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‘Make sure when the curtain comes down, that you’re exhausted’

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KBestathy Best humorously indulged herself, as she pulled out her iPhone before her commencement speech, to capture UIS’ 42nd annual commencement ceremony.  From a reporter for the Quad-City Times, to the Managing Editor of The Seattle Times, Best’s passion for journalism is evident, and with good reason. The two-time Pulitzer Prize honoree helped earn the prize for breaking news in 2010 and investigative reporting in 2012, to which she modestly accredits to her “remarkable staff.”

Chancellor Susan Koch credited Best during her introduction as being one of the first alums to be inducted into the UIS Public Affairs Reporting Hall of Fame.

Best found her passion for journalism at a young age. Inspired and influenced by her parents, who bought a weekly newspaper in Sullivan, Ill., she explained that she grew up with conversations around the dinner table that were always interesting to her – current affairs, public affairs, government and politics. She said, “When I realized that other people didn’t get that, it was one of the things that made me want to be a journalist.”

After graduating in 1979 from Southern Illinois University, Carbondale, Best acquired an interest in government reporting, and soon after found the Public Affairs Reporting (PAR) program at UIS. “I thought, ‘wow this is great, I get a degree, I get to learn more, and I get a full-time internship’…” The UIS alumna received her master’s in Public Affairs Reporting in 1990, where she says she found everything she was looking for at the time, during an all too familiar job recession.

“The other influence, who continues to be an influence, who taught me what it meant to be, not just a good journalist but also a good boss, was Mike Lawrence. Mike was the Bureau Chief at the Lee Enterprises Bureau and I was his intern when I was in the PAR program. He helped me channel my inner outrage when public officials wouldn’t answers questions, and I was entitled to the answers,” said Best.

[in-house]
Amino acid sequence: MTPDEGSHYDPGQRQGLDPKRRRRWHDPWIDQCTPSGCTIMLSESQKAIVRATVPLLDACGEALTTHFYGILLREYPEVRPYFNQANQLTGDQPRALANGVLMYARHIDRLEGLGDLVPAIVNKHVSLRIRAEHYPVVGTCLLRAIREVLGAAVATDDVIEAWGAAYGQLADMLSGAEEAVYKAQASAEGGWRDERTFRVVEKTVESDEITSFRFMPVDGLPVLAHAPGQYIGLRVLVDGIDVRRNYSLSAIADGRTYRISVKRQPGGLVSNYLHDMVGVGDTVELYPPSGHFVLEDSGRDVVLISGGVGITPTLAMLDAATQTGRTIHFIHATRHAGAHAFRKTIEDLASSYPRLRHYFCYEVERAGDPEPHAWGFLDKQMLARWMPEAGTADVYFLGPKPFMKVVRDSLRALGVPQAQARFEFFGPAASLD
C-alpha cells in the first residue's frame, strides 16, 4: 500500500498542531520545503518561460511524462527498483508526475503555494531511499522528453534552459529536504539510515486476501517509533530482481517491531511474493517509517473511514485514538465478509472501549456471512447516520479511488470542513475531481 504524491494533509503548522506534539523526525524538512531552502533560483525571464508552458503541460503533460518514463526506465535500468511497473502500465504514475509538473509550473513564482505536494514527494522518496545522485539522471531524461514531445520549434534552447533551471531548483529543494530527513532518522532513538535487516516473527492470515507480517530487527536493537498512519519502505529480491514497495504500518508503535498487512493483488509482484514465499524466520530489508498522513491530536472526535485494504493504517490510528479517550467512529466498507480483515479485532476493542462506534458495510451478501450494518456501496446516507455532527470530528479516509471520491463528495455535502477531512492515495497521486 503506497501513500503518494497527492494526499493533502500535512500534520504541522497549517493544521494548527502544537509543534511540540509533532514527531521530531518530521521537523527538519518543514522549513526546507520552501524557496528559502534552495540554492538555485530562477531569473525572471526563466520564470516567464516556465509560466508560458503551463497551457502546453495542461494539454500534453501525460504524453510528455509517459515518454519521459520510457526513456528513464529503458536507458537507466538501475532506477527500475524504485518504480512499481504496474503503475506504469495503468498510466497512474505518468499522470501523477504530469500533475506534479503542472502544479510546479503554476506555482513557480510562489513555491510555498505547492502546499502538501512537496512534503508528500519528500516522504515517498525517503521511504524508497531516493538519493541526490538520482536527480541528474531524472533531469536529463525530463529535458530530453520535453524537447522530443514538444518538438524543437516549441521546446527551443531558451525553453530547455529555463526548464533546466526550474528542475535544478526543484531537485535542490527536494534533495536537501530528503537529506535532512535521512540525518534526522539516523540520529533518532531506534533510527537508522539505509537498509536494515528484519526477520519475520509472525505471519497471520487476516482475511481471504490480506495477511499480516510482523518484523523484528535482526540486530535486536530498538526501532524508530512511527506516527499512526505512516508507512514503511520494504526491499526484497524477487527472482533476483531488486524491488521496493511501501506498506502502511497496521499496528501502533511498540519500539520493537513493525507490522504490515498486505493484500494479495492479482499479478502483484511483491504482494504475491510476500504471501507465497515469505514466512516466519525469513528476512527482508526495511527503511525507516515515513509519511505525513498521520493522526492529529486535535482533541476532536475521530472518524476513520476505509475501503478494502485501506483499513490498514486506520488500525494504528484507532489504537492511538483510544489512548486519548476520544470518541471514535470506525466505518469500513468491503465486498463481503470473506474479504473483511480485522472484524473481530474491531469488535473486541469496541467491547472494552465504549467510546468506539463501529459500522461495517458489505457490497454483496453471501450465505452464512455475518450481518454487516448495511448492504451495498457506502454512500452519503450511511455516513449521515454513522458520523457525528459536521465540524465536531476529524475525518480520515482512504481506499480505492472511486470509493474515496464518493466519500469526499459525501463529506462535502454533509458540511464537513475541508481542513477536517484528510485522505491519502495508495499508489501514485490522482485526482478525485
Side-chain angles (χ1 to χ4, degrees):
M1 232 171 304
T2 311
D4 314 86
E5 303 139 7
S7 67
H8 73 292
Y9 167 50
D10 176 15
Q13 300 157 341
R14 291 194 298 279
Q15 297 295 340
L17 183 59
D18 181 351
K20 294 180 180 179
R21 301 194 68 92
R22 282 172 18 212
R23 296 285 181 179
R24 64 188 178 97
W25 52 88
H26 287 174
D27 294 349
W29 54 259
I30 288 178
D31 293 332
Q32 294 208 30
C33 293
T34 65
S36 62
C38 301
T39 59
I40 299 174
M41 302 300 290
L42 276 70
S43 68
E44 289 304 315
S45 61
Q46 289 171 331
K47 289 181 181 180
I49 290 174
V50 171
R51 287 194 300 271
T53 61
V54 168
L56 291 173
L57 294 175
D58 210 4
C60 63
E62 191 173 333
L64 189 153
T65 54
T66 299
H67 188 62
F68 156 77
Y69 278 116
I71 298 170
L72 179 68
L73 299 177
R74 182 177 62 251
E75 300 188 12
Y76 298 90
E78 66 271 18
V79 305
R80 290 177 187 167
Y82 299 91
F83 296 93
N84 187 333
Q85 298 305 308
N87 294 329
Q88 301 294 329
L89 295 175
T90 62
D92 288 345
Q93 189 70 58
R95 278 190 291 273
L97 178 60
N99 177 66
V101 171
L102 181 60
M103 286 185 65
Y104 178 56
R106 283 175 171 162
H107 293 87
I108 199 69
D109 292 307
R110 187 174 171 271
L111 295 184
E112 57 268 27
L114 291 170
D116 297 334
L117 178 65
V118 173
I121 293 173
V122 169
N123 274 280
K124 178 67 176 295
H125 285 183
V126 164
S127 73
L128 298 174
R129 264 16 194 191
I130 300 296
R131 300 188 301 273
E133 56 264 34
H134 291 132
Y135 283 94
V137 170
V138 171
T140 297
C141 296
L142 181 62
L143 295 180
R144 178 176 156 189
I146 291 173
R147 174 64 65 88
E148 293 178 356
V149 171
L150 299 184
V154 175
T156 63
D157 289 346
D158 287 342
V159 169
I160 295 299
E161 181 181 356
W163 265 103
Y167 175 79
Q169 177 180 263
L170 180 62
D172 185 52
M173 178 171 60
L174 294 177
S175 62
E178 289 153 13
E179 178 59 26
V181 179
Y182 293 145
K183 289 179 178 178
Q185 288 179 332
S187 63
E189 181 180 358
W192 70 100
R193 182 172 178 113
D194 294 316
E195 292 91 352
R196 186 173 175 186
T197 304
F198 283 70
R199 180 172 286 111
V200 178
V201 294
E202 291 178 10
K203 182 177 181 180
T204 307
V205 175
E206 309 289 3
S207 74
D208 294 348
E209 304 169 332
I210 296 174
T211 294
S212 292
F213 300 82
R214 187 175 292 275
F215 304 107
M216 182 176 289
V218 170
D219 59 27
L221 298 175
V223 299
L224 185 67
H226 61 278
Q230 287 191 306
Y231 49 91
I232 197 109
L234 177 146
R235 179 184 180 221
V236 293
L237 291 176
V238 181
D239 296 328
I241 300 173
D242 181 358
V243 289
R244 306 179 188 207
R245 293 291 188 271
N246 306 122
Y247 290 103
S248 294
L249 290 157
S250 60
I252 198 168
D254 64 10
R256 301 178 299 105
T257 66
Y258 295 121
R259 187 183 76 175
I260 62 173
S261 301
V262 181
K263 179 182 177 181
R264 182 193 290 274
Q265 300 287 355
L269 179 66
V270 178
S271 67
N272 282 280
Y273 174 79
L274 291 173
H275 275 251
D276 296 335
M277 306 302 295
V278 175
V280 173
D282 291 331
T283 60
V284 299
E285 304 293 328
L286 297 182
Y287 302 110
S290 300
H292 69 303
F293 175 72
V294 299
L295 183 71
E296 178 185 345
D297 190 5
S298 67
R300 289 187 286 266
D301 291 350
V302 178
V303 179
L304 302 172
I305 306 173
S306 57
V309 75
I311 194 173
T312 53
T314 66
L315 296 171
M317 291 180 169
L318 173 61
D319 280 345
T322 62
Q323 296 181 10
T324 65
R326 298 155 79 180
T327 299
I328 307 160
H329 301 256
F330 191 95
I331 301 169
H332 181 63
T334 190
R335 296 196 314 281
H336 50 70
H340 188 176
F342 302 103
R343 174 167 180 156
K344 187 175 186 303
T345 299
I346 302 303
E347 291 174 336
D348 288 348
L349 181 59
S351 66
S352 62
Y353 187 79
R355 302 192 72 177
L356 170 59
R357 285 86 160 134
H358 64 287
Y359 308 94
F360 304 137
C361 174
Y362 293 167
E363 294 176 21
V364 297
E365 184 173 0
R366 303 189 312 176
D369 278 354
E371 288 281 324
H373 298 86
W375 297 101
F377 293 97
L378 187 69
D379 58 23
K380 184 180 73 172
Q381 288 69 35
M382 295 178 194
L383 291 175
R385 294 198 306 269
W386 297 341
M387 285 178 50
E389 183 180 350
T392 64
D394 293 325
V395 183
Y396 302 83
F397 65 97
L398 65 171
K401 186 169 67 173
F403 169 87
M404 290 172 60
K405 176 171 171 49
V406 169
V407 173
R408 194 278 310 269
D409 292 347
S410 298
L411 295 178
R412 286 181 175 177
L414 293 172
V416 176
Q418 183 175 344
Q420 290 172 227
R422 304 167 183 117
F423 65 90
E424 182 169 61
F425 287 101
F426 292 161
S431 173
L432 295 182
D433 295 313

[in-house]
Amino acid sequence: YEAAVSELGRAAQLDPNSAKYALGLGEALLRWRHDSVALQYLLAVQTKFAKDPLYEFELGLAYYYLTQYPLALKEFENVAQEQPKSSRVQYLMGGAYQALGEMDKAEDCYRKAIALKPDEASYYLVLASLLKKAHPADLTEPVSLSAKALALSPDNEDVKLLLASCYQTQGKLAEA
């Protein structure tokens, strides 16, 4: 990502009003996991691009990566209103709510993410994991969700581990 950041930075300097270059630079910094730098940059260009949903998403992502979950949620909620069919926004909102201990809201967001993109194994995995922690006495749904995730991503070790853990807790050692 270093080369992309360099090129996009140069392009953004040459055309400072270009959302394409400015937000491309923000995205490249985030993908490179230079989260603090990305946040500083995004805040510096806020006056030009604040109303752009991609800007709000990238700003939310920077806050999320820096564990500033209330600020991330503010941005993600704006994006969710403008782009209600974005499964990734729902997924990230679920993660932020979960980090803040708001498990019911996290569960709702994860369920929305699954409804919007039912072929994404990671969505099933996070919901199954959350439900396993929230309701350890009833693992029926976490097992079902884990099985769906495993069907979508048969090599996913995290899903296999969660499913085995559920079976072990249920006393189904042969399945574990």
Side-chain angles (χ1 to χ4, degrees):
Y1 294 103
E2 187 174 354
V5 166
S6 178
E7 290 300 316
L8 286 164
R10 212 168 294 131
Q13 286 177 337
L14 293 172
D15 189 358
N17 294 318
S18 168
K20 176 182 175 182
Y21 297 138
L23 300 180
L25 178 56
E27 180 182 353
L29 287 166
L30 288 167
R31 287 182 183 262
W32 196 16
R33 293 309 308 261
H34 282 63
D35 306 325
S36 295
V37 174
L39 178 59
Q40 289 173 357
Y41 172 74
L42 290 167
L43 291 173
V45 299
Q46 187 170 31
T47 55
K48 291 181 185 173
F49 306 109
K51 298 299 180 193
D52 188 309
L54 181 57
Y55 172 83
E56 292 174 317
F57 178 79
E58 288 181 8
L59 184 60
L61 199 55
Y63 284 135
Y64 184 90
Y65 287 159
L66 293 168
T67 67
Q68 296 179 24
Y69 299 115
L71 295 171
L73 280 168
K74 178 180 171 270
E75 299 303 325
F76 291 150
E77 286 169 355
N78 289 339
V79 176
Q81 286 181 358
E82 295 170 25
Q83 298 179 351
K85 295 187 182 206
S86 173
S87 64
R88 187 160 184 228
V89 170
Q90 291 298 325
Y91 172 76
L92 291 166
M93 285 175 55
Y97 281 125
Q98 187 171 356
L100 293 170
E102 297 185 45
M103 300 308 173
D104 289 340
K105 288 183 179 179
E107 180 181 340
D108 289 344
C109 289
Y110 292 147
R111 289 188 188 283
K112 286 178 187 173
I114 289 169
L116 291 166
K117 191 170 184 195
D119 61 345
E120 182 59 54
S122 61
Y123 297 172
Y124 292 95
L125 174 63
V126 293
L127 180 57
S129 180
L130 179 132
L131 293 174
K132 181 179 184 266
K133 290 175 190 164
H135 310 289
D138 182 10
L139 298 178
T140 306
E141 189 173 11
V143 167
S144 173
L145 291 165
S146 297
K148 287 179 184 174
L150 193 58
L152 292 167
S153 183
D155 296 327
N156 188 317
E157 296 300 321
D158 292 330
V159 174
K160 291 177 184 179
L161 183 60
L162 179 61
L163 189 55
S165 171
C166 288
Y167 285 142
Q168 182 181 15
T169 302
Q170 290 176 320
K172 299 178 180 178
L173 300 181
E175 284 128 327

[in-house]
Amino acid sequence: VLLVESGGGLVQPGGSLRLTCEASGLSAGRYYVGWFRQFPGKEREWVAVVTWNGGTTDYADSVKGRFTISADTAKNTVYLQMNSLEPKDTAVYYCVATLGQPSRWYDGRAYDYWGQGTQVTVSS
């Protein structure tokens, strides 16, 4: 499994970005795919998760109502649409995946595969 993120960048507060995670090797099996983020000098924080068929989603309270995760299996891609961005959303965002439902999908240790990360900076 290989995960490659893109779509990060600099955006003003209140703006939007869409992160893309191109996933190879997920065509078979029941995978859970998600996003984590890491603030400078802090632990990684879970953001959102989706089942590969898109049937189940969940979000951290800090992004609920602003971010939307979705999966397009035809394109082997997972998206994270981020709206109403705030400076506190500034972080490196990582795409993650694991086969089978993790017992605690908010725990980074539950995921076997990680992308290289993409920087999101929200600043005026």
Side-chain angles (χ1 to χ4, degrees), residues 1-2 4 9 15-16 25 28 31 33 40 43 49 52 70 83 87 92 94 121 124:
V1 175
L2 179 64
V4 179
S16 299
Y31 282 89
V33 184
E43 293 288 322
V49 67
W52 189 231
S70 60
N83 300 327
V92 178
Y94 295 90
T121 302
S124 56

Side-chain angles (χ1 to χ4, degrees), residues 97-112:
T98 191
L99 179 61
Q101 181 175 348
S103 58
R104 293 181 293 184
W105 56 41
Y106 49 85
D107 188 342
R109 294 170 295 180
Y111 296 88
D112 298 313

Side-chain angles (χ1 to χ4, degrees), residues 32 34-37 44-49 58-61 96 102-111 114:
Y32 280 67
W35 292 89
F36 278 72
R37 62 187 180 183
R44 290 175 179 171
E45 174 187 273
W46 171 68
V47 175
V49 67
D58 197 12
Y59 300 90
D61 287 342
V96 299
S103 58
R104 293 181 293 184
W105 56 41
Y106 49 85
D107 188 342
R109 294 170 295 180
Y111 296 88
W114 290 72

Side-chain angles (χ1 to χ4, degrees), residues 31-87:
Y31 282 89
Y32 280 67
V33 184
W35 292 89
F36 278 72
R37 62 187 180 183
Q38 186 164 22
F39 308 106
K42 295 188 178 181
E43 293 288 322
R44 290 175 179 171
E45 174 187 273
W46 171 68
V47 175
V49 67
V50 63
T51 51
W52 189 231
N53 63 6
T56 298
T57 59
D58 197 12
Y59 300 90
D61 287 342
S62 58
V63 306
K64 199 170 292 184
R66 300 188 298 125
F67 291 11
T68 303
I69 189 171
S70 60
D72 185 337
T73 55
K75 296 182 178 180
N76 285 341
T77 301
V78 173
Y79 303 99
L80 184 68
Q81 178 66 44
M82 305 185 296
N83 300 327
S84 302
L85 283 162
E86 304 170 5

Through long hours and hard work, Best has become an influence in her own way. “Kathy is one of the finest journalists I’ve known in three decades of working in the newspaper business, and one of the finest human beings,” said David Boardman, Executive Editor and Senior Vice President of The Seattle Times. “Kathy is whip-smart and steel-tough, unafraid to take on powerful people and institutions. Yet she has a gentle, tender nature that ensures we’re always sensitive to story subjects and readers, and that we do no unnecessary harm.” He went on to say that although Best has grown to be a “web-footed Northwesterner,” she is, and always will be a proud Illinoisan, and that she was thrilled and humbled to have the opportunity to address UIS.

Best stressed that yes, for some, it is a breeze getting to where they want to be, but for others it isn’t, and that’s okay.  “It took me a while. I floundered around for a couple of years trying to figure out what I wanted to be when I grew up,” said Best. In her address she added, “What you’re getting today is a college degree, not a life sentence to do only what that diploma says. This should be the beginning of your quest, not the end.”

She went on to explain that although some barriers will come and will get in the way of where you want to be, often times, individuals themselves are their own barriers. She said that she had to look hard at what she already had done, and look harder at what she wanted to do and “gave [herself] permission to do it.”

Best closed her address to the graduating class saying, “Know that this is it, your one shot [at life]. Give it everything you’ve got. Make sure when the curtain comes down, that you’re exhausted. That you’ve rung every last drop of joy, and wonder, and pain, and awe from life. Find your passion and live it.”

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